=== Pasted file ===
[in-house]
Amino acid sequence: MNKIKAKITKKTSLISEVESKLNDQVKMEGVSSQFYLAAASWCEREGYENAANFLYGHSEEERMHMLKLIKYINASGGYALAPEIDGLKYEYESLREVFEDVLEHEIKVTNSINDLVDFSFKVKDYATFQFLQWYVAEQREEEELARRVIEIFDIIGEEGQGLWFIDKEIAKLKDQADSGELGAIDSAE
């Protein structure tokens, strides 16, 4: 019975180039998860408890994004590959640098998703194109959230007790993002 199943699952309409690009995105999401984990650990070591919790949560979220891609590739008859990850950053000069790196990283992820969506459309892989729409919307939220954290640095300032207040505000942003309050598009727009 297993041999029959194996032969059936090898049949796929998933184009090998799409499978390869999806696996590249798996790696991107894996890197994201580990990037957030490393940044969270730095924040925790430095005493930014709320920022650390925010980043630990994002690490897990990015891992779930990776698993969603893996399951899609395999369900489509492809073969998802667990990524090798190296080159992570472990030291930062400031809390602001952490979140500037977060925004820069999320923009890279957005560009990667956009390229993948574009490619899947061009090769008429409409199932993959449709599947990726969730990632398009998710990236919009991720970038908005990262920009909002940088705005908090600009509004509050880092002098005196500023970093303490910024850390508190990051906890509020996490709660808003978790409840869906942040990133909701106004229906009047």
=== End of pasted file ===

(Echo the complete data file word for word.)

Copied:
[in-house]
Amino acid sequence: MNKIKAKITKKTSLISEVESKLNDQVKMEGVSSQFYLAAASWCEREGYENAANFLYGHSEEERMHMLKLIKYINASGGYALAPEIDGLKYEYESLREVFEDVLEHEIKVTNSINDLVDFSFKVKDYATFQFLQWYVAEQREEEELARRVIEIFDIIGEEGQGLWFIDKEIAKLKDQADSGELGAIDSAE
């Protein structure tokens, strides 16, 4: 019975180039998860408890994004590959640098998703194109959230007790993002 199943699952309409690009995105999401984990650990070591919790949560979220891609590739008859990850950053000069790196990283992820969506459309892989729409919307939220954290640095300032207040505000942003309050598009727009 297993041999029959194996032969059936090898049949796929998933184009090998799409499978390869999806696996590249798996790696991107894996890197994201580990990037957030490393940044969270730095924040925790430095005493930014709320920022650390925010980043630990994002690490897990990015891992779930990776698993969603893996399951899609395999369900489509492809073969998802667990990524090798190296080159992570472990030291930062400031809390602001952490979140500037977060925004820069999320923009890279957005560009990667956009390229993948574009490619899947061009090769008429409409199932993959449709599947990726969730990632398009998710990236919009991720970038908005990262920009909002940088705005908090600009509004509050880092002098005196500023970093303490910024850390508190990051906890509020996490709660808003978790409840869906942040990133909701106004229906009047």